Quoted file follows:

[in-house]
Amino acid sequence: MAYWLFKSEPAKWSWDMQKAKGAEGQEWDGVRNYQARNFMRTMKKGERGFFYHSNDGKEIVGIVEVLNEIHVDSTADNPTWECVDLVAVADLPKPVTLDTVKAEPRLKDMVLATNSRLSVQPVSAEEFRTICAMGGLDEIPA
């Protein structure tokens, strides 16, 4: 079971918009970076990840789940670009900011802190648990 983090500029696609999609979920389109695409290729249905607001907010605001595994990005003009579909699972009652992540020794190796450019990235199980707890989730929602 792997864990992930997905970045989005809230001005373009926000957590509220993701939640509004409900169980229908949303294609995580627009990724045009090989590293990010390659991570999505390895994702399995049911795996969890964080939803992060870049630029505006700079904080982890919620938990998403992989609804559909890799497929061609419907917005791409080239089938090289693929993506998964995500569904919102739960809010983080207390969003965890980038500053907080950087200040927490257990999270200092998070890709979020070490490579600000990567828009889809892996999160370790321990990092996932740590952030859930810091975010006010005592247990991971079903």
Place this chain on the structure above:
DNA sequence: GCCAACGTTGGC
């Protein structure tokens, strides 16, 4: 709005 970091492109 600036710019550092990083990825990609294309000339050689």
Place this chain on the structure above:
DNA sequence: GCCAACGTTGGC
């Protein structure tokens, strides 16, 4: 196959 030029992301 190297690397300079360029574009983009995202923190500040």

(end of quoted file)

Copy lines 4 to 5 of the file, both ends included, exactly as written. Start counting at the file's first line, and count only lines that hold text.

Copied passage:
Place this chain on the structure above:
DNA sequence: GCCAACGTTGGC